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Microsoft Will 'Die and Disappear' in Next Few Years: Futurist

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Ex-British Telecom CTO Peter Cochrane says divergence, not convergence, is the future of IT.

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Apple's (NASDAQ:AAPL) iOS holds a 14.9% share and Google's (NASDAQ:GOOG) Android holds a 75% share. Research In Motion's (NASDAQ:RIMM) BlackBerry platform shrank to 4.3% for the third quarter, down from a 9.5% share for the third quarter last year, according to IDC. IDC said shipments of Android-based smartphones grew 91.5% in the third quarter to a record 136 million units. Google's free mobile OS nearly doubled the third-quarter growth rate for the rest of the industry.

Replacing the operating system-based model, said Cochrane, will be a new app-based model that allows users to interface with any screen in the world through tiny access devices, or even cybernetic implants. Cochrane also predicts divergence in the cloud, with clouds "going live and being populated only for as long as they are required." Current reliance on device-hosted applications is holding back the move to more agile computing, he said.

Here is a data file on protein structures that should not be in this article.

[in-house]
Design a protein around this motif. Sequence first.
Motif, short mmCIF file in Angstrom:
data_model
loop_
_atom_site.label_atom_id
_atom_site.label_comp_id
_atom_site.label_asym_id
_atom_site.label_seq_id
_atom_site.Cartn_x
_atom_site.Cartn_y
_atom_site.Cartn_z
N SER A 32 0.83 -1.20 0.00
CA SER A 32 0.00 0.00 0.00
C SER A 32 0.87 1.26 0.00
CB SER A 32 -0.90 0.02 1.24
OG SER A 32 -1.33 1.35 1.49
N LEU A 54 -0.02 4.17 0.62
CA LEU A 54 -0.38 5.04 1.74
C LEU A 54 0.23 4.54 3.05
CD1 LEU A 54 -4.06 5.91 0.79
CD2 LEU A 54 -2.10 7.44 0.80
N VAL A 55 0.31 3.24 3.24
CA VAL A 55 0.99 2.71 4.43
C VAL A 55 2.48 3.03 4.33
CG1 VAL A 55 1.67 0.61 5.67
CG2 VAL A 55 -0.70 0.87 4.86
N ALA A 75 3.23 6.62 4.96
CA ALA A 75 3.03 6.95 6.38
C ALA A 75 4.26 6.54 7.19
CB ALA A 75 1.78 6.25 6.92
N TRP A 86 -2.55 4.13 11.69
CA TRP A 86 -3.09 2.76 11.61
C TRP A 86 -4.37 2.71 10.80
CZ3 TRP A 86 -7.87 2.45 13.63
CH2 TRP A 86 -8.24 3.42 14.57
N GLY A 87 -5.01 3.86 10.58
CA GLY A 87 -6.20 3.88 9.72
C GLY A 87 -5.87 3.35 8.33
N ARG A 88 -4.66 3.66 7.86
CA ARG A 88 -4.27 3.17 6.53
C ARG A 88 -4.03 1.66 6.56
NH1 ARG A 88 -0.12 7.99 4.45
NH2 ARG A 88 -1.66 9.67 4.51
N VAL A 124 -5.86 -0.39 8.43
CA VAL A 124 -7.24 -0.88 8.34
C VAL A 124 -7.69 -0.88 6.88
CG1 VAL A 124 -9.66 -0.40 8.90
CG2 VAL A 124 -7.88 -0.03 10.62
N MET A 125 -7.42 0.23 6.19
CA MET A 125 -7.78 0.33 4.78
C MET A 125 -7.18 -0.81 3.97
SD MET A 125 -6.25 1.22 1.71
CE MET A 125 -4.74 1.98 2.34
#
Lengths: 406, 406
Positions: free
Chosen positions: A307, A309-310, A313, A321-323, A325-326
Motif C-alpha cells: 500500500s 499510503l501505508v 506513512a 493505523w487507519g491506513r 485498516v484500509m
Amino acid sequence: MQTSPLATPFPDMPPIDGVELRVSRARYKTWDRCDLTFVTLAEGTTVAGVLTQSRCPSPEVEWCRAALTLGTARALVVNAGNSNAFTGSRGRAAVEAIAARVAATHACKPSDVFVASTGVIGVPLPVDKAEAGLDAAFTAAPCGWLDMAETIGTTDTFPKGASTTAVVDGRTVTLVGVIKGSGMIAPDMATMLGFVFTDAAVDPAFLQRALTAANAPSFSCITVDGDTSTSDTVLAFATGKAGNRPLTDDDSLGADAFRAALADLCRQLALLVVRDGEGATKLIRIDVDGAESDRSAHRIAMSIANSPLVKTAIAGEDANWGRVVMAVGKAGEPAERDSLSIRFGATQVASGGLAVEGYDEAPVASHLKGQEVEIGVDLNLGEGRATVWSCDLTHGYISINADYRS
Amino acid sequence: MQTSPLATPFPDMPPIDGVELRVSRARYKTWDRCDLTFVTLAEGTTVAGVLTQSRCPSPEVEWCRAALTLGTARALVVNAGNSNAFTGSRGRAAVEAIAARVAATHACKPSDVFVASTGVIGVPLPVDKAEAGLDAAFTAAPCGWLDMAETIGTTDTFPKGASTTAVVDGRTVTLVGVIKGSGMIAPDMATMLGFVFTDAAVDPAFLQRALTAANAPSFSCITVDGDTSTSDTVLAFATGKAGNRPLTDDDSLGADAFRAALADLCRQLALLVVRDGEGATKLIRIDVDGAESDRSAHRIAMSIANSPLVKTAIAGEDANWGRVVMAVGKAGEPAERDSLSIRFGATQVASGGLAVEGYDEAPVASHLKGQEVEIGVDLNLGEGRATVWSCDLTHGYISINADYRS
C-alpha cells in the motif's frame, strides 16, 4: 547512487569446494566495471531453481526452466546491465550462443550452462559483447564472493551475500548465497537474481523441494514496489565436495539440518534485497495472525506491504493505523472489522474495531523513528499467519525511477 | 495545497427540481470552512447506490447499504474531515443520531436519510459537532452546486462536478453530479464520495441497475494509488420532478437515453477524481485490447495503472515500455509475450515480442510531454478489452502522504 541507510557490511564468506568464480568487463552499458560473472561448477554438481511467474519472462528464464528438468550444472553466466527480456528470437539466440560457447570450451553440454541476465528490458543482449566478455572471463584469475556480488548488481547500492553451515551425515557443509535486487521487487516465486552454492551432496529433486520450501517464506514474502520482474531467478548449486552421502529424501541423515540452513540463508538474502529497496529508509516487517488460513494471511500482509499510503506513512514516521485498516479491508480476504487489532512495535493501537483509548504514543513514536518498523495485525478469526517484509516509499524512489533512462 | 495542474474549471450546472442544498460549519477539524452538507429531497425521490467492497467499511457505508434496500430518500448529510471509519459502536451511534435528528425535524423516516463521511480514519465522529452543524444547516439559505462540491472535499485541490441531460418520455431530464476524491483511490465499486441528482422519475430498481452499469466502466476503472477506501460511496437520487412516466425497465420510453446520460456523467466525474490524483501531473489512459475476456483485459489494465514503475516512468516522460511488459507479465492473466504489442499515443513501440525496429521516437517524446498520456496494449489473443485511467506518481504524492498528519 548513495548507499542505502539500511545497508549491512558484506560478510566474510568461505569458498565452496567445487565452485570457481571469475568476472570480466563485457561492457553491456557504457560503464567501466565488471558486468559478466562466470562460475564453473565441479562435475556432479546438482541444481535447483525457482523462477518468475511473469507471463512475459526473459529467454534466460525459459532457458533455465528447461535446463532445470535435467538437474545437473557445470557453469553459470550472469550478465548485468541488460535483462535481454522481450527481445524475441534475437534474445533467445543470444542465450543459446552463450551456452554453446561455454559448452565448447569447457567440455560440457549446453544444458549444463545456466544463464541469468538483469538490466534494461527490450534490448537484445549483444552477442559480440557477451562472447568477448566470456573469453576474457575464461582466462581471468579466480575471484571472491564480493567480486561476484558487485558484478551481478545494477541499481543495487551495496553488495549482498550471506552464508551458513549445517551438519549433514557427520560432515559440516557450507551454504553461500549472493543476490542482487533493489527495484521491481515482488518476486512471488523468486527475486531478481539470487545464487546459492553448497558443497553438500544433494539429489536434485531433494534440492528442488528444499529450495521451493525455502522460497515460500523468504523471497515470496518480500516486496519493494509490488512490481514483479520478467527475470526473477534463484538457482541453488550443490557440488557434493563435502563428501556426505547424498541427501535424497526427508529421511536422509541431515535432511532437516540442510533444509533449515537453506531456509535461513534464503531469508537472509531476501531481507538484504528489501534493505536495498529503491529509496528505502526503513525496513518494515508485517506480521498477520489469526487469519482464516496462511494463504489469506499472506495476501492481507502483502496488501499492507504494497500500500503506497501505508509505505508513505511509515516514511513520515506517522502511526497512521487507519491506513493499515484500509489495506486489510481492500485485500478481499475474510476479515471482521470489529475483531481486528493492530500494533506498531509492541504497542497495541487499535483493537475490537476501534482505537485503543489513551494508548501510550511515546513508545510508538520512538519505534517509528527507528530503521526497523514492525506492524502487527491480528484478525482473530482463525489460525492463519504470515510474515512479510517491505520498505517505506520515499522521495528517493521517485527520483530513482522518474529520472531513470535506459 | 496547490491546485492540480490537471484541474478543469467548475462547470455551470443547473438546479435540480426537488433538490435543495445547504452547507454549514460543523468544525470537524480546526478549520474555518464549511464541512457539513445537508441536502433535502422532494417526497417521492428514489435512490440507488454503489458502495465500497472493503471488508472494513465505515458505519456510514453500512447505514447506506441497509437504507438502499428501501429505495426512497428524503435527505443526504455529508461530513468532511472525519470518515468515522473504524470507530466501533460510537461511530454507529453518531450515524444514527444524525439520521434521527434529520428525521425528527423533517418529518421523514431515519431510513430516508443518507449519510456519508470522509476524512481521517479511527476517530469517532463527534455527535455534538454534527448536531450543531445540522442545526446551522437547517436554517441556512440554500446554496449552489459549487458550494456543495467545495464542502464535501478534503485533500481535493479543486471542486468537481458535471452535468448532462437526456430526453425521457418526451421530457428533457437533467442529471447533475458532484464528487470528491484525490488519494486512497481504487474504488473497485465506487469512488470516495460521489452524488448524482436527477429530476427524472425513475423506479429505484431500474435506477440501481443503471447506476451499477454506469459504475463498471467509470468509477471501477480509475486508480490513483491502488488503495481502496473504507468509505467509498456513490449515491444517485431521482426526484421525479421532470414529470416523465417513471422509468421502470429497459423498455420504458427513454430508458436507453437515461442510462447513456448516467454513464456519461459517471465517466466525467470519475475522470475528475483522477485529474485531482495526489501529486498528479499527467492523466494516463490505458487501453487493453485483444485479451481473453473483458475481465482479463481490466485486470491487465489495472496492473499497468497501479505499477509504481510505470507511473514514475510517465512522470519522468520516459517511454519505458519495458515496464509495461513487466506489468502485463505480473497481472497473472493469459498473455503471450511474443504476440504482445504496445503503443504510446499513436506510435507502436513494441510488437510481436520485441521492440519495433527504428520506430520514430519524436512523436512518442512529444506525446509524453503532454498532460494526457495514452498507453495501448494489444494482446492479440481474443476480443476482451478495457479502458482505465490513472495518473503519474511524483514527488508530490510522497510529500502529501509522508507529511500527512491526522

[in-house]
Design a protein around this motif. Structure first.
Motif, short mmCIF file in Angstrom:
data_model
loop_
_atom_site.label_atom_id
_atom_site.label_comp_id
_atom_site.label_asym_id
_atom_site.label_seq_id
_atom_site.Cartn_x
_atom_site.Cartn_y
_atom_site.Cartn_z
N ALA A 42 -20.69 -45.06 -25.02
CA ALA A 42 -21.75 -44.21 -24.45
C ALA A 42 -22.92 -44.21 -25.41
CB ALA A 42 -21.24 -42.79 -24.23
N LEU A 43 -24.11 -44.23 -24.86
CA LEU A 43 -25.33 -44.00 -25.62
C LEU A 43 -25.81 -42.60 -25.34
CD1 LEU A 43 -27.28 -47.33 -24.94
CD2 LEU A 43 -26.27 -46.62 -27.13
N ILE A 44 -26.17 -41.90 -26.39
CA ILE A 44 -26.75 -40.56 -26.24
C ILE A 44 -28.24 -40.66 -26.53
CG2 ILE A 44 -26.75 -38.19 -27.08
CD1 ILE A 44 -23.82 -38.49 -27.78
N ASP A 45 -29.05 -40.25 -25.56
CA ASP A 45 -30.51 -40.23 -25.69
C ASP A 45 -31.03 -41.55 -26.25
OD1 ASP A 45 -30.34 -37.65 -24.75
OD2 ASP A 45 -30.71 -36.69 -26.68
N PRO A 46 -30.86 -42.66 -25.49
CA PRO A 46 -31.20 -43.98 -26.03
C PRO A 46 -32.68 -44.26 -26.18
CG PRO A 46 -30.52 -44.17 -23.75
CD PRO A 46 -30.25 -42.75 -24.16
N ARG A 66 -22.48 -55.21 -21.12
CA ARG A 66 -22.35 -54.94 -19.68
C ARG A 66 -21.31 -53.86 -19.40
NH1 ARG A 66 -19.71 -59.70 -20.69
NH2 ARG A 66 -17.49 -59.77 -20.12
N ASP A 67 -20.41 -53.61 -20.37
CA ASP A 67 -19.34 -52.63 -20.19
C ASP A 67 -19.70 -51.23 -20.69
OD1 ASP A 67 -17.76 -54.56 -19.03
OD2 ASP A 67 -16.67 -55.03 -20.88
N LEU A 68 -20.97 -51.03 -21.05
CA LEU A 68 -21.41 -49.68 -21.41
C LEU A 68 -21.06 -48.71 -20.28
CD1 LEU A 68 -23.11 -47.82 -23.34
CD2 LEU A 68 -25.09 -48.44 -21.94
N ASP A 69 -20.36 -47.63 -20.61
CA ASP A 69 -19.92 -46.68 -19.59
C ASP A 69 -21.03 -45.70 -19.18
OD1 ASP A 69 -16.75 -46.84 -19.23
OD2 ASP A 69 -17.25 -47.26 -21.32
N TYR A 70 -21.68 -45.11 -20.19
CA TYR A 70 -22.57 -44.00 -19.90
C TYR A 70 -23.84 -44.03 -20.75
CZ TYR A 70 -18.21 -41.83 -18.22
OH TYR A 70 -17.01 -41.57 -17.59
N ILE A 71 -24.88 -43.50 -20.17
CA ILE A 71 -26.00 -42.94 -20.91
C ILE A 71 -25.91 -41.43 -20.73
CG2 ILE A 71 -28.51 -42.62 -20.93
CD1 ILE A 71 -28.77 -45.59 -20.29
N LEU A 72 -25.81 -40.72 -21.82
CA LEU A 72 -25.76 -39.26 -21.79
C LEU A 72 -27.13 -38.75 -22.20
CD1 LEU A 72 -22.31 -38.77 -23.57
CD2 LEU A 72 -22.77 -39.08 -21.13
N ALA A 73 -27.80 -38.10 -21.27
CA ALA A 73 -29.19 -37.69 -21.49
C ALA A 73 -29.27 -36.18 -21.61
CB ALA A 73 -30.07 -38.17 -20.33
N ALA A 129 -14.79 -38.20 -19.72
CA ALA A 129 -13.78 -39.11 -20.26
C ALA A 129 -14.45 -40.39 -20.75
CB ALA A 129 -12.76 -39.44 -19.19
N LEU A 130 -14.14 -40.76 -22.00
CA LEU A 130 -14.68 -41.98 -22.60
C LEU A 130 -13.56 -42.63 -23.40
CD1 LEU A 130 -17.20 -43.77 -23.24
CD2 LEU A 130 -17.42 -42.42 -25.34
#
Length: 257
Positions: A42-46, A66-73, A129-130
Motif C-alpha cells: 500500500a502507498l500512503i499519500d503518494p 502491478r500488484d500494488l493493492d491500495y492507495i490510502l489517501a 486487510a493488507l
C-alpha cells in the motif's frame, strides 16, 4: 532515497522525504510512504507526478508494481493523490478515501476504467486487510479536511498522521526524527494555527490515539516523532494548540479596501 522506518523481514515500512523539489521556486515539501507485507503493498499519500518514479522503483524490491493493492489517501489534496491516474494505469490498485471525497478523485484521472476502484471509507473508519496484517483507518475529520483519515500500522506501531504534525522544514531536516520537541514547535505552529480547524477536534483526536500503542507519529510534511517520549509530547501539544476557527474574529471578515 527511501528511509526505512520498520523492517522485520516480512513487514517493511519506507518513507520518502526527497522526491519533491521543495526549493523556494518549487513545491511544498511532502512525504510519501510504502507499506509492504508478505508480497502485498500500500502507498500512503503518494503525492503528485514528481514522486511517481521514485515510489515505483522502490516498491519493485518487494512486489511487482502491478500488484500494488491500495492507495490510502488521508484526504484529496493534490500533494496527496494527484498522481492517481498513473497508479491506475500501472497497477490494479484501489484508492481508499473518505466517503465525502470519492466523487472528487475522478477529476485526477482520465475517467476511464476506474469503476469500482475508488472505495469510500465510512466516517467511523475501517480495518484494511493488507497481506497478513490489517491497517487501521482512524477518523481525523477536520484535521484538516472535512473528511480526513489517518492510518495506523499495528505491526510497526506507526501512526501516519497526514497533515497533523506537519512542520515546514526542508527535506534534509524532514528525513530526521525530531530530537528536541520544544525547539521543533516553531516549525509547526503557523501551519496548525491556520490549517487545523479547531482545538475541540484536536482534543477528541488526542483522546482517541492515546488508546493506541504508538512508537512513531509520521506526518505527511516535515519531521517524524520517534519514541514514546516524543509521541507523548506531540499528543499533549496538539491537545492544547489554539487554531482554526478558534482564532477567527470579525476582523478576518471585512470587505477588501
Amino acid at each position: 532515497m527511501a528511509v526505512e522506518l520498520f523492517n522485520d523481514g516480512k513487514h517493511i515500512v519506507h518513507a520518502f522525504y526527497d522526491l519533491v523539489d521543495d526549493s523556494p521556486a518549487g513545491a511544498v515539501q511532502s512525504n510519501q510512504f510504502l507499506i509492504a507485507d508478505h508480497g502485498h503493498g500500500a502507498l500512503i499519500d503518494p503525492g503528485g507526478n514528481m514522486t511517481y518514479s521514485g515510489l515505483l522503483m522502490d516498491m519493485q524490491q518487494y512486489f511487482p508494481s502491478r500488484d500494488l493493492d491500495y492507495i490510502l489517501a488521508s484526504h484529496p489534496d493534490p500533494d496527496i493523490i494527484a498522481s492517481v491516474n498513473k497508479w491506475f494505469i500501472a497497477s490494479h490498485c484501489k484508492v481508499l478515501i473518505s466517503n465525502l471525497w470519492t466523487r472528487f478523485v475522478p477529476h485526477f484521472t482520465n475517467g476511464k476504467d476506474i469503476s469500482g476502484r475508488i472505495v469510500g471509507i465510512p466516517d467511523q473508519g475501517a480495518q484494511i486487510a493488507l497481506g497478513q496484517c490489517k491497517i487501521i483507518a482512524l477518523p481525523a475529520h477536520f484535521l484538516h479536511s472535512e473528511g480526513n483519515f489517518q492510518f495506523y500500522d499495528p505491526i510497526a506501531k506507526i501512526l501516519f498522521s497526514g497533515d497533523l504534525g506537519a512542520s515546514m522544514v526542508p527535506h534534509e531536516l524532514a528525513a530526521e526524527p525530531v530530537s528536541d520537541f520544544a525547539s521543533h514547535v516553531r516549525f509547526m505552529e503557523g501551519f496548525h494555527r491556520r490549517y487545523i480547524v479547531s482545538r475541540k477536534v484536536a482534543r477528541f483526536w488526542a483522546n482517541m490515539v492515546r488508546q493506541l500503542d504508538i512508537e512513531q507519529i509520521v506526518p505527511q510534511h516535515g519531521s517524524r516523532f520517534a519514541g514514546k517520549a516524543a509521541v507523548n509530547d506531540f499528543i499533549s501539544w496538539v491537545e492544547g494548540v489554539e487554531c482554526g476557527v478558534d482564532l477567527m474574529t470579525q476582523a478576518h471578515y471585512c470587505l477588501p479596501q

Microsoft clearly has a legacy operations business to support, now and in the near-term future, since most cloud servers run on Windows. Even so, the migration to cloud computing, an estimated $14 billion industry in its own right according to IDC, could be a turning point for the industry. Sanford Bernstein analyst Toni Sacconaghi said in a research note that the cloud could represent "the tip of the iceberg...an important deflationary force for traditional packaged applications services."

With about $50 billion in cash or equivalents, Microsoft has the means to reinvent itself and develop applications beyond the stable opensource platform model it has built. Even if Cochrane's predictions are correct, in the end, Microsoft has the means to transform itself as Fuji (PINK:FUJIY) is trying to do as it migrates away from the dying photography industry. Alternatively, it could truly "die and disappear" like Kodak.

See also: On This Date $1.4 Trillion in US Assets Will Lose Their 'Risk-Free' Status
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